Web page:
The Asia-Pacific Economic Co-operation (APEC) meeting to be held in Sydney in September will require "maximum security," but it will be a worthwhile inconvenience said Prime Minister John Howard.
Mr Howard, speaking at a joint press conference with New South Wales Premier, Morris Iemma, said the APEC meeting was the most significant international meeting Australia had ever hosted.
"I mean, never before will you have in one part of Australia, the Presidents of the United States, Russia, China, the Prime Minister of Japan, the President of Indonesia," he said. "We will in fact be hosting the first ever visit to Australia of a head of government or a head of state from either the Russian Federation or the former Soviet Union."
The APEC meetings will run from September 2–9 and will see Sydney accommodate 21 world leaders, 42 foreign and trade ministers and over 6000 delegates.
Around 1000 media officials will also be included as part of an International Media Centre (IMC).
Presidential accommodation from over 12 hotels has been incorporated and approximately 25,000 room nights have been booked.
Special Security for Sydney APEC
According to the Financial Review additional security arrangements will cost tax payers around $170 million.
Security personnel is said to include 3500 police officers and over 300 secure VIP motorcades.
The most significant traffic and transport changes will occur between the declared public holiday, Friday September 7 and Sunday September 9 as APEC leaders arrive, gather for meetings and then depart.
During this time the immediate surrounds of the Sydney Opera House, Government House and some areas of the Sydney Botanic Gardens will be totally locked down.
The Sydney Harbour Bridge, the Cahill Expressway, the Harbour Tunnel, the Western Distributor and the Eastern Distributor, however, will remain open.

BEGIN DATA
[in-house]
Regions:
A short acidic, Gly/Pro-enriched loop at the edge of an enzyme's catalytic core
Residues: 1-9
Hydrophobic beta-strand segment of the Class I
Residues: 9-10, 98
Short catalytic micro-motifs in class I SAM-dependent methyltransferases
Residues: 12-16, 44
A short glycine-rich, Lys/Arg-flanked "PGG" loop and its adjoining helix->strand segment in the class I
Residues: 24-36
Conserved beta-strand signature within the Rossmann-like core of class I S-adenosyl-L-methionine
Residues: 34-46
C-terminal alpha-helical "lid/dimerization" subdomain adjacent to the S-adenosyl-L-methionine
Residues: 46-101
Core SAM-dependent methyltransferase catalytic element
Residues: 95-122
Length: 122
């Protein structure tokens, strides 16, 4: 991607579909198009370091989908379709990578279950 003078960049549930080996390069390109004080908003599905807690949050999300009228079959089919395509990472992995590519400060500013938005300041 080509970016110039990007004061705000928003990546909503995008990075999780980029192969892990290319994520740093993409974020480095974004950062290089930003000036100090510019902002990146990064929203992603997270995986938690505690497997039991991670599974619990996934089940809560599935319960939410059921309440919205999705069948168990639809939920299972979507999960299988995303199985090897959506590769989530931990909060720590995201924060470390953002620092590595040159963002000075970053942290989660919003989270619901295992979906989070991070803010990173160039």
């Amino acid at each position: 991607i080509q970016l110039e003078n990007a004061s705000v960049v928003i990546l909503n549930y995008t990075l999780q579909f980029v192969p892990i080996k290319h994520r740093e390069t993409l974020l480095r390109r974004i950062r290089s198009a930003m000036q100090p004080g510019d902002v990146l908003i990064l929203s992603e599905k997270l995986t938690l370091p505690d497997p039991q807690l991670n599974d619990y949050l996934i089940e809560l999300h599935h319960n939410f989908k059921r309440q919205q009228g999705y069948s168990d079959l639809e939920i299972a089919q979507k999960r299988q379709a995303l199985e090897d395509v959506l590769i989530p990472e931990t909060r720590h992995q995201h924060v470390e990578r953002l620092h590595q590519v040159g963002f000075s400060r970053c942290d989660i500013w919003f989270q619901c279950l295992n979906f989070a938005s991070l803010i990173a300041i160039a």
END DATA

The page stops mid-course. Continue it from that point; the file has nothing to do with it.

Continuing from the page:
According to an APEC Taskforce brief, special legislation enacted by the NSW Government specifically for the meeting, allows certain areas of the Sydney CBD, Darling Harbour and parts of the harbour water off Circular Quay to be designated as "declared areas."
In these areas, all members of the public including residents or members of businesses can expect "a significant security presence, large numbers of police, safety barricades identification checks and the possibility of vehicle or personal searches."
Mr Howard said there would be a heavy security presence and there "will be some inconvenience" but the only way to avoid that would be to not have any of the events at all.
"There will be barricades and all that sort of thing, but the place is not going to be shut down and totally locked up. There will be a heavy security presence, there should be, and we won't make any apology for that," he said, adding: "I don't think Australians want us ever to say to the rest of the world: 'It's all too hard, go somewhere else'."
Climate Change Talks Significant
Mr Howard said climate change talks would be of particular significance in the coming meeting as "the two largest polluters in the world, the United States and China" would be coming together.
"You see, a lot of these other meetings, the Americans and the Chinese aren't sitting down together, except as part of an enormous concourse of everybody in the United Nations ambit. The G8 talks about climate change. The G8 does not include China whereas APEC includes China and the United States.
"Now I am not suggesting we're going to solve the problem of climate change at APEC, but I do think it will be a principal point of discussion and having both China and the United States around the same table is a huge advantage."
An update on transport arrangements for the September 2−9 APEC meetings was released by the APEC Taskforce last weekend.
A precinct bounded by King, George, Macquarie and Alfred Streets to Circular Quay will be "the focus of significant activity including frequent motorcades" the update said.
While trains and buses will continue running to weekend time tables, Circular Quay, St James and Museum stations will be closed over the September 7−9 long weekend.
The bus terminal at Circular Quay will also be relocated to Elizabeth Street, near Park Street during this time.
Sydney ferry services will run to normal timetables apart from two exceptions; JetCat services to and from Manly will not operate over the APEC long weekend and holiday timetables will apply to all other ferry services on Friday September 7.
Airline timetables will run to schedule but motorists have been warned to expect delays in the city through that week, especially around the airport September 7−9.